Update 5 (26/Oct/2014)
This week was full of setbacks, as the prototyping machine team 5 is using had technical issues and is in need of repair.
AJ was tasked with doing a microscopic analysis of printed layers, only to have the Makerbot fail later the day before the samples could be printed. He then spent the next 3 days diagnosing the problems and getting parts to repair the device.
Matt, Jake and Ryan worked on potential harness solutions and mounting options for Nia. Chief on our list is a modification of a harmonica strap which will solve both weight and fingering problems, allowing Nia to focus on the modification for her Wiggle. It will also blend well with the other students (who have neck straps on their recorders).
Pat proceeded to pursue past patents and pending patents pertinent to the project for potential problems in preparing potential modifications.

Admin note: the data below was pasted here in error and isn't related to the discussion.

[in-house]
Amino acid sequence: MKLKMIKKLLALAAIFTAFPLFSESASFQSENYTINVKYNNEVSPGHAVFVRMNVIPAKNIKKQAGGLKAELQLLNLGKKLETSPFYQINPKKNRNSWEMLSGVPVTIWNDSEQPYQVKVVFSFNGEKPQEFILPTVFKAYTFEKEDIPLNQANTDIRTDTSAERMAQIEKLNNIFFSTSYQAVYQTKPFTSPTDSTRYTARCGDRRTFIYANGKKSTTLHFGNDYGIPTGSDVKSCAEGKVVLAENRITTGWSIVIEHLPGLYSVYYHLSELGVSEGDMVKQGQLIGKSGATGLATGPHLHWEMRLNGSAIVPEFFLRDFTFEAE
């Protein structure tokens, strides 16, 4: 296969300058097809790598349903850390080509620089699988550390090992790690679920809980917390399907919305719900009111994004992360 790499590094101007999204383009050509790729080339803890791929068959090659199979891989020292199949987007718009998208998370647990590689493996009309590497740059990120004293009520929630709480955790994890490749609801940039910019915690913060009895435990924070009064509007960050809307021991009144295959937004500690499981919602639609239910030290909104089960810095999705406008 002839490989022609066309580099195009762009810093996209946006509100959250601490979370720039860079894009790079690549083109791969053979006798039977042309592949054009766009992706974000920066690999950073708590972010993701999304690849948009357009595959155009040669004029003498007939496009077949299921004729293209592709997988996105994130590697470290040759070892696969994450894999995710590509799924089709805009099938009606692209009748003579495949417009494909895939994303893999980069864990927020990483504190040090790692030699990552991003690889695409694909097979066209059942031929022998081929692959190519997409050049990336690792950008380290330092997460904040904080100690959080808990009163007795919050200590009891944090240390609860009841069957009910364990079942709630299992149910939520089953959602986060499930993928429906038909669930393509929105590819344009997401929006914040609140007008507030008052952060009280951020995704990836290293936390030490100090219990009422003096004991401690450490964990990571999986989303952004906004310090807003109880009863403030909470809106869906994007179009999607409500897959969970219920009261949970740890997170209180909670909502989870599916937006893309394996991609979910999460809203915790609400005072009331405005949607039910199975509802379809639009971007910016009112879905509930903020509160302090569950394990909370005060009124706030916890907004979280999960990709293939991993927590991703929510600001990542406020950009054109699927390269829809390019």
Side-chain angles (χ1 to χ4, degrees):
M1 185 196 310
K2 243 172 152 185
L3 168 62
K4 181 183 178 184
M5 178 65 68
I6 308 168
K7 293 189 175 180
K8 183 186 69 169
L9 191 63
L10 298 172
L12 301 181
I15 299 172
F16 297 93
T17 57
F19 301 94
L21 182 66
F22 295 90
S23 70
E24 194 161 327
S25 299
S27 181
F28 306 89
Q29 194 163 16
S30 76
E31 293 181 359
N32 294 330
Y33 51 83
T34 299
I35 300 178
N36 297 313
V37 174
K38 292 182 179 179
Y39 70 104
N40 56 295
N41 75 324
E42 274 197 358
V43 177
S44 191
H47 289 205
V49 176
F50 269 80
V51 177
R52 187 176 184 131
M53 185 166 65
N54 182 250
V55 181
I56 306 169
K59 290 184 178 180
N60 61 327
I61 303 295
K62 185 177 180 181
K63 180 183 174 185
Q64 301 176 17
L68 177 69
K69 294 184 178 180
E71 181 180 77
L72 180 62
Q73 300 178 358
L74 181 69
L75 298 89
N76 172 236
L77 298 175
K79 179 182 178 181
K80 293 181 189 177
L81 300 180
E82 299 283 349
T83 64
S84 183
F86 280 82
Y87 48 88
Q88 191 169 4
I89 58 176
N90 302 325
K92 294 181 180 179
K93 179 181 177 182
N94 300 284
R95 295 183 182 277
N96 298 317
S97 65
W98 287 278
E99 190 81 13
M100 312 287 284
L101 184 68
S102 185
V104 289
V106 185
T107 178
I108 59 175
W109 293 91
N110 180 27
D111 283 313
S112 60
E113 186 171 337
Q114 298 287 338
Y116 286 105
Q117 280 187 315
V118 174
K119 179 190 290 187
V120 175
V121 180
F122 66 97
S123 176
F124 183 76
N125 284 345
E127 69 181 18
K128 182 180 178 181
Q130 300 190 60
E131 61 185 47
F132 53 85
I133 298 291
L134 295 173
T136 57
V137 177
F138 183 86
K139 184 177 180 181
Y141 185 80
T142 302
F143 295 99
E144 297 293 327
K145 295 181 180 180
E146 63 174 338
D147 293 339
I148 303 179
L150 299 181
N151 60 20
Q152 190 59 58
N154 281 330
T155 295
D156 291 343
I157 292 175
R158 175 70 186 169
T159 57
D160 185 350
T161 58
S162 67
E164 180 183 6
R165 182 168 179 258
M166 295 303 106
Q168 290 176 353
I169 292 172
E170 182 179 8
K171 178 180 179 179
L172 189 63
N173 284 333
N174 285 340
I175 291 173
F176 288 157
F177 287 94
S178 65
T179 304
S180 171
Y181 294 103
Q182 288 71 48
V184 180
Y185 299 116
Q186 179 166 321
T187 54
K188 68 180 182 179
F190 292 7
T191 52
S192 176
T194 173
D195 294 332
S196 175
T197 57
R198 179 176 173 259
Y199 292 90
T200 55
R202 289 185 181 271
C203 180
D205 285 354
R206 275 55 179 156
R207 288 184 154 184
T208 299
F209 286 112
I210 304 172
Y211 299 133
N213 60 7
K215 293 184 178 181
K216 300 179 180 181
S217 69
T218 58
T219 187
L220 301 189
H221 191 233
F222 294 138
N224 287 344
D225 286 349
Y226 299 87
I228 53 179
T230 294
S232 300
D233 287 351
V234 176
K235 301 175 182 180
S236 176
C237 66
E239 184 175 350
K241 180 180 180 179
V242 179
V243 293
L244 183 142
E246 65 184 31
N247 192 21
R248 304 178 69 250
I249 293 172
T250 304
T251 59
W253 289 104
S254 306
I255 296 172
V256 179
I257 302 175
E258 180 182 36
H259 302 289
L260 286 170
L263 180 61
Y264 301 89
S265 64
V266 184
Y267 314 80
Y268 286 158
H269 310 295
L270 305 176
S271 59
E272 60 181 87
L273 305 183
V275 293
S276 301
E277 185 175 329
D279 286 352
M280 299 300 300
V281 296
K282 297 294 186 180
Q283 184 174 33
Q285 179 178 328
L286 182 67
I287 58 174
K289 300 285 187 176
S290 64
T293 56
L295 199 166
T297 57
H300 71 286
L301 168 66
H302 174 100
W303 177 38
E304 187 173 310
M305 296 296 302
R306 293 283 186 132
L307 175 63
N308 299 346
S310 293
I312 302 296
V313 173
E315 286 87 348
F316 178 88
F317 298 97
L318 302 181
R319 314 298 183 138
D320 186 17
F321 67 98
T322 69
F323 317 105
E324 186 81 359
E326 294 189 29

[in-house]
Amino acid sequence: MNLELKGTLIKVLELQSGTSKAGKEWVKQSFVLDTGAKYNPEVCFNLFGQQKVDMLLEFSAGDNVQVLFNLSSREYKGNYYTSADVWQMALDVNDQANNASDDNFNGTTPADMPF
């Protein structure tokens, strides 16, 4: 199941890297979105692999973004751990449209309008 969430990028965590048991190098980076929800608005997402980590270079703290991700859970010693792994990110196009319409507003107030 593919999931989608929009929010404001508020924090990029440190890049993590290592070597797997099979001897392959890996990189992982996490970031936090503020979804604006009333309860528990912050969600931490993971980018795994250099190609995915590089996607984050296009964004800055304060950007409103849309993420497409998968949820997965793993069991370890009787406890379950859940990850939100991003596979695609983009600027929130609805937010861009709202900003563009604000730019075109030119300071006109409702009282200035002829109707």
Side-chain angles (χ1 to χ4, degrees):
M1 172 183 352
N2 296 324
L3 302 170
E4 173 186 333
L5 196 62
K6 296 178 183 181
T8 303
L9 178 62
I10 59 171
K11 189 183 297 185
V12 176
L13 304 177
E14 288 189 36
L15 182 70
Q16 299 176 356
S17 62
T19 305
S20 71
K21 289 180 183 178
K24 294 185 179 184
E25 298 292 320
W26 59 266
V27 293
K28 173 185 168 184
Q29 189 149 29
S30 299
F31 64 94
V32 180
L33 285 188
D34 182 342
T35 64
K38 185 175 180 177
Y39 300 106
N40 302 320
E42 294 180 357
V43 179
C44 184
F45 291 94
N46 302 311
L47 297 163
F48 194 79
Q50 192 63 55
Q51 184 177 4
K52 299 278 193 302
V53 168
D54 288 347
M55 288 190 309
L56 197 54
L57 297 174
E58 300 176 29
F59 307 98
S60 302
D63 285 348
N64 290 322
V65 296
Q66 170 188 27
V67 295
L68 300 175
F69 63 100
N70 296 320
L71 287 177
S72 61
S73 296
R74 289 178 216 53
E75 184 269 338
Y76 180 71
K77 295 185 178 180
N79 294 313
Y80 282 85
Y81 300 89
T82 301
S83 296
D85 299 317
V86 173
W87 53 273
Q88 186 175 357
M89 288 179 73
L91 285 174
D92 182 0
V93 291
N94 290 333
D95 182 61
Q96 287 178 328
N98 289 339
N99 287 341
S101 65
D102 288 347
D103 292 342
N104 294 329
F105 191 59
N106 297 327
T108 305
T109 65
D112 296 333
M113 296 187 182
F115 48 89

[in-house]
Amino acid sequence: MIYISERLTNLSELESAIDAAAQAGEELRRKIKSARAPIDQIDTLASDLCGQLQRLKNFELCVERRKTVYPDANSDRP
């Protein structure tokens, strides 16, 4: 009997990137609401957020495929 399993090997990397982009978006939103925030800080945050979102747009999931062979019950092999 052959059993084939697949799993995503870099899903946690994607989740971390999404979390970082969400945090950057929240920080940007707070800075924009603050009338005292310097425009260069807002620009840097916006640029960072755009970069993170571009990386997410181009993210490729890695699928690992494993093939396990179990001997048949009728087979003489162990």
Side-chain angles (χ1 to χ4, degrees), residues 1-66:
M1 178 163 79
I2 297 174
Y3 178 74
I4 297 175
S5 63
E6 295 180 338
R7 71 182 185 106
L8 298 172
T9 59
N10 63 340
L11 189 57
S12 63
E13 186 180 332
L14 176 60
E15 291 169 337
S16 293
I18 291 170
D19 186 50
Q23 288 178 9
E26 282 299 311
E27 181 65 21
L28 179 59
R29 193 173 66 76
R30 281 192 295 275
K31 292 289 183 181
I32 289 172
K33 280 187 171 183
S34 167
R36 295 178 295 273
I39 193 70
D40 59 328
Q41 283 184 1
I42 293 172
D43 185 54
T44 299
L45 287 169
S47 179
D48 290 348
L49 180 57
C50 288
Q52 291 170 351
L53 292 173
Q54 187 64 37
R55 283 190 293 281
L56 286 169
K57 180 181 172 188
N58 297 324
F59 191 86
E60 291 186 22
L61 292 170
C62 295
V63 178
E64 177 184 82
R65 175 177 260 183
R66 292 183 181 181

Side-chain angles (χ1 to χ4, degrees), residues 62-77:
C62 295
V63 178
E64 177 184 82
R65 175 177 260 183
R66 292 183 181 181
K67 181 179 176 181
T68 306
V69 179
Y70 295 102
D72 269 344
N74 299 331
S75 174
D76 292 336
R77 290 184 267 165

Leroy and Ian continued work on the sleeve style solution. The biggest problems now are figuring out how to close the holes and still be able to spin the sleeve.
The team is expecting to have some mockups ready next week
Update 4 (17/Oct/2014)
Team met with Joel to discuss the logbook.
Leroy and Ian begin early concept ideas and sketches for possible adapter.
Pat is looking into relevant patents.
Jake and Matt look into possible recorder supports.
Update 3 (10/Oct/2014)
We turned in our 1st logbook on Oct. 8 We will review it next week with Joel
- Ian designed team logo for webpage. He also created the group Gannt chart.
- Pat finished Solid Edge parasolid of recorder base.
- AJ researched materials adapter as well as safety information.
- Jake and Matt looked into prior Art.
The team has been meeting regularly to update the logbook and to discuss potential ideas and overview group members independent research/benchmarks.
Update 2 (03/Oct/2014)
Team 5 has had a solid 10 days getting the paperwork in order for the entire project.